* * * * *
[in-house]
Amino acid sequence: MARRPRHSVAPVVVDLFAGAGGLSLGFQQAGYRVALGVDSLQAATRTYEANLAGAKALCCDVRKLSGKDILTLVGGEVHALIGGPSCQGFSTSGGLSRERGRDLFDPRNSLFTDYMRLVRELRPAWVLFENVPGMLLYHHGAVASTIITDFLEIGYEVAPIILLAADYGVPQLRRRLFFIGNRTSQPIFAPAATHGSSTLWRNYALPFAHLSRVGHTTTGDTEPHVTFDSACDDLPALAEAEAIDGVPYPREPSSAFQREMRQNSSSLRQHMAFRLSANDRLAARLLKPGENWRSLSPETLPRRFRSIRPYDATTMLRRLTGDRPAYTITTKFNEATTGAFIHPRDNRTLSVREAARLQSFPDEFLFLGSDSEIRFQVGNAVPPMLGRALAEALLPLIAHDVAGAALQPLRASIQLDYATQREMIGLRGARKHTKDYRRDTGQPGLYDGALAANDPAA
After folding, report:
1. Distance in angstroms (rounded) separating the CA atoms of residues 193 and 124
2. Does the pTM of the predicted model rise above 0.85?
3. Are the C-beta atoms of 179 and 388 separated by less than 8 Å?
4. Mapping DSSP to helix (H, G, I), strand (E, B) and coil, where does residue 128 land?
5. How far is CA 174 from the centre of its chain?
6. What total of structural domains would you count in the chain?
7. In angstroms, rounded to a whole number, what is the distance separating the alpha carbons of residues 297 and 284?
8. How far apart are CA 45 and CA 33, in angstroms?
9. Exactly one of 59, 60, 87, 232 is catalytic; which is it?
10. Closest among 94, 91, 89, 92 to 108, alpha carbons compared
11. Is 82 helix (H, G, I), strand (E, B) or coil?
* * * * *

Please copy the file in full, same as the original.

[in-house]
Amino acid sequence: MARRPRHSVAPVVVDLFAGAGGLSLGFQQAGYRVALGVDSLQAATRTYEANLAGAKALCCDVRKLSGKDILTLVGGEVHALIGGPSCQGFSTSGGLSRERGRDLFDPRNSLFTDYMRLVRELRPAWVLFENVPGMLLYHHGAVASTIITDFLEIGYEVAPIILLAADYGVPQLRRRLFFIGNRTSQPIFAPAATHGSSTLWRNYALPFAHLSRVGHTTTGDTEPHVTFDSACDDLPALAEAEAIDGVPYPREPSSAFQREMRQNSSSLRQHMAFRLSANDRLAARLLKPGENWRSLSPETLPRRFRSIRPYDATTMLRRLTGDRPAYTITTKFNEATTGAFIHPRDNRTLSVREAARLQSFPDEFLFLGSDSEIRFQVGNAVPPMLGRALAEALLPLIAHDVAGAALQPLRASIQLDYATQREMIGLRGARKHTKDYRRDTGQPGLYDGALAANDPAA
After folding, report:
1. Distance in angstroms (rounded) separating the CA atoms of residues 193 and 124
2. Does the pTM of the predicted model rise above 0.85?
3. Are the C-beta atoms of 179 and 388 separated by less than 8 Å?
4. Mapping DSSP to helix (H, G, I), strand (E, B) and coil, where does residue 128 land?
5. How far is CA 174 from the centre of its chain?
6. What total of structural domains would you count in the chain?
7. In angstroms, rounded to a whole number, what is the distance separating the alpha carbons of residues 297 and 284?
8. How far apart are CA 45 and CA 33, in angstroms?
9. Exactly one of 59, 60, 87, 232 is catalytic; which is it?
10. Closest among 94, 91, 89, 92 to 108, alpha carbons compared
11. Is 82 helix (H, G, I), strand (E, B) or coil?